October 12, 2015
For years now I’ve ranted that what I want, more than anything, is a beautiful movie about living and working in space that doesn’t rely on monsters, metaphor, or melodrama to build suspense because it doesn’t trust the audience to understand that space is already suspenseful enough because it’s always trying to kill you.
FINALLY. This is that movie. Oh thank God. (An aside: The Expanse TV show coming to SyFy in December is also that TV show. I’ve seen the first episode and it is divine, especially if you’re a fan of the books. But more about that later.)
Mars is beautiful. The Hermes is gorgeous. Science nerds being science nerds is awesome. Only the bare minimum explanation of tech details because it trusts the audience. Pulling the Pathfinder model out of storage at JPL made me cry. We are spacefaring beings and this movie celebrates that. Really good upbeat stuff here. Ridley Scott can still make taut, non-bloated movies!
A Word about the Book and Movie as Adaptation
I know a lot of people really like the book. That’s fine. But I’m one of the people who found it a bit of a slog. I made an effort to read it before the movie, and I kind of wish I hadn’t, so that the movie would have been more of a surprise.
But the movie fixed every single problem I had with the book. As I knew it would. Seriously, I finished the book and immediately thought about how much better the movie was going to be.
First, the movie left out all the parts of the book that I skimmed (I did a lot of skimming toward the end). Second, just having the faces of some charismatic actors (and oh, this is a cast of charismatic actors) to do some emoting and give me something to relate to immediately added a level of depth the book entirely lacked in terms of character. Seeing family photos pinned up in the habitat? That all by itself provided more of an emotional anchor than I found in the book.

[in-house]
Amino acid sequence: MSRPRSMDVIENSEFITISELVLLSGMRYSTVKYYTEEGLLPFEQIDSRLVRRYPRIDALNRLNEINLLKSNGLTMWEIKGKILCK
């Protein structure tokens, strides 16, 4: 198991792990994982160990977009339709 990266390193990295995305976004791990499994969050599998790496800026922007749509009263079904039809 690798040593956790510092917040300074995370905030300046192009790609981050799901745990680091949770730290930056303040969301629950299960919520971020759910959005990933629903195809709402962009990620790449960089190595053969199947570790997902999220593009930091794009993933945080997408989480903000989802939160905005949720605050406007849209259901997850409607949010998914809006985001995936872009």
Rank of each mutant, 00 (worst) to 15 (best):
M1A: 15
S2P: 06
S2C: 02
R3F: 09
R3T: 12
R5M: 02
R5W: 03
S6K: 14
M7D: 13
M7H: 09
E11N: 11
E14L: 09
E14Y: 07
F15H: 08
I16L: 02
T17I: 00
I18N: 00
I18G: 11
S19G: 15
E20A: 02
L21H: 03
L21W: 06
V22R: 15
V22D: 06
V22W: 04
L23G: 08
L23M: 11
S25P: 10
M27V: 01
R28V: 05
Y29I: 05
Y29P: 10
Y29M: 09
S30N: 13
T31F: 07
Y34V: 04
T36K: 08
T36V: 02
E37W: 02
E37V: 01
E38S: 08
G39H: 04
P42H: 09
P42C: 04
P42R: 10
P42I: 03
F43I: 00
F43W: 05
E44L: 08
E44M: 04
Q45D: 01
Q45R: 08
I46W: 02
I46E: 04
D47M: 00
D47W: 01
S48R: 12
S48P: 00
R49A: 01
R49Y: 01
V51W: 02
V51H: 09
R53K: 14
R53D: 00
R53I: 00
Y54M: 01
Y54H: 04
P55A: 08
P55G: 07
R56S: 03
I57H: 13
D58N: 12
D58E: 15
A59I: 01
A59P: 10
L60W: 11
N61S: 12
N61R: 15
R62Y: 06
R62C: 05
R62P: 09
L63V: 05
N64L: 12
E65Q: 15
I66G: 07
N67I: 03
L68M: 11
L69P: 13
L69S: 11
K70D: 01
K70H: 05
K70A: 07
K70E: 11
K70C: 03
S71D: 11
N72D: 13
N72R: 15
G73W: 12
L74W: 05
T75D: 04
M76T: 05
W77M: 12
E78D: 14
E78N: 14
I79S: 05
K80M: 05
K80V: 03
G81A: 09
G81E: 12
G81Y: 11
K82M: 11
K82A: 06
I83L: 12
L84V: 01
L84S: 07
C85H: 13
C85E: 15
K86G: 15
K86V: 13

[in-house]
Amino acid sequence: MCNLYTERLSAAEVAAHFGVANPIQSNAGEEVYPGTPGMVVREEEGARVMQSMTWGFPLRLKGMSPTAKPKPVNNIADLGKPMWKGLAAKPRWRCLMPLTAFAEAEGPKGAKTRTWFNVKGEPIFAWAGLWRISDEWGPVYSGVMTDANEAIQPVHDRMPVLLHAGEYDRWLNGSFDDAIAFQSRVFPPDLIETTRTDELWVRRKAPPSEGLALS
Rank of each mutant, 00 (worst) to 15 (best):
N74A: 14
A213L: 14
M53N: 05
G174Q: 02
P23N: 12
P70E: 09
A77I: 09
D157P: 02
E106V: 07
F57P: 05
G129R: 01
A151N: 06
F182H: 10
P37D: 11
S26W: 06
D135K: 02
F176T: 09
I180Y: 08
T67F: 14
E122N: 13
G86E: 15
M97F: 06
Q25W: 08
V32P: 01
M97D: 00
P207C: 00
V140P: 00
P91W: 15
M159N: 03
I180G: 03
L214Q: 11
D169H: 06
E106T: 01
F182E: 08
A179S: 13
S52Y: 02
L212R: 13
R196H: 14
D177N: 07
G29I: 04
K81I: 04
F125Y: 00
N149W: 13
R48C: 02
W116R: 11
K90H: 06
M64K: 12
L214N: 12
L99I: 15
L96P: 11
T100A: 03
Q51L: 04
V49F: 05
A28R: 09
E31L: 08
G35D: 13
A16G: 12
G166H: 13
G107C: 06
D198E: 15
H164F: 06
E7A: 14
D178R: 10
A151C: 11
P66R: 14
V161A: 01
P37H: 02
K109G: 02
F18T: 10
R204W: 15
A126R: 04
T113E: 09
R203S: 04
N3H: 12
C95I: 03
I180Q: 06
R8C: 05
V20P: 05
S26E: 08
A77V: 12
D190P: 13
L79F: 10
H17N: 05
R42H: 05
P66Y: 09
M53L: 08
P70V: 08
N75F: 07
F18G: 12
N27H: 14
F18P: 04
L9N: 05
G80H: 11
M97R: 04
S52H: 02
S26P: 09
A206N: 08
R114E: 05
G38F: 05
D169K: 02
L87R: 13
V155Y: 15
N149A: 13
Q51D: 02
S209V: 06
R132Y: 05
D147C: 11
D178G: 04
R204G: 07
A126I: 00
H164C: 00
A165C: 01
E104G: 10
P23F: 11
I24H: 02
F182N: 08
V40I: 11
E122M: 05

That scene toward the end of the film of Mark leaving the shower and you can see every single rib and lump on his backbone because he’s down 40 lbs after spending a year on tight rations? Not to mention the burns and bruises and exhausted look in his face? His obvious agitation when the wind is blowing and his makeshift repair on the habitat might or might not be holding? That’s what I wanted from this story, to see that this trial was affecting him. To be able to just frakking relate to these people.
In the book, Mark — and everyone else for that matter — aren’t so much characters as they are stand-ins for an engineering thought experiment. And I guess that’s okay. Except the emotional flatness drove me batty. That, and the cheap narrative tricks the book used to build suspense, which the movie completely dispensed with, so huzzah!
One last thing: apropos of absolutely nothing, it amused me that The Martian used “Love Train” in exactly the same place in the story, structurally speaking, as The Last Days of Disco did. (You should totally click on that last clip because it includes a freaking adorable Matt Keeslar, aka the Middleman, dancing.)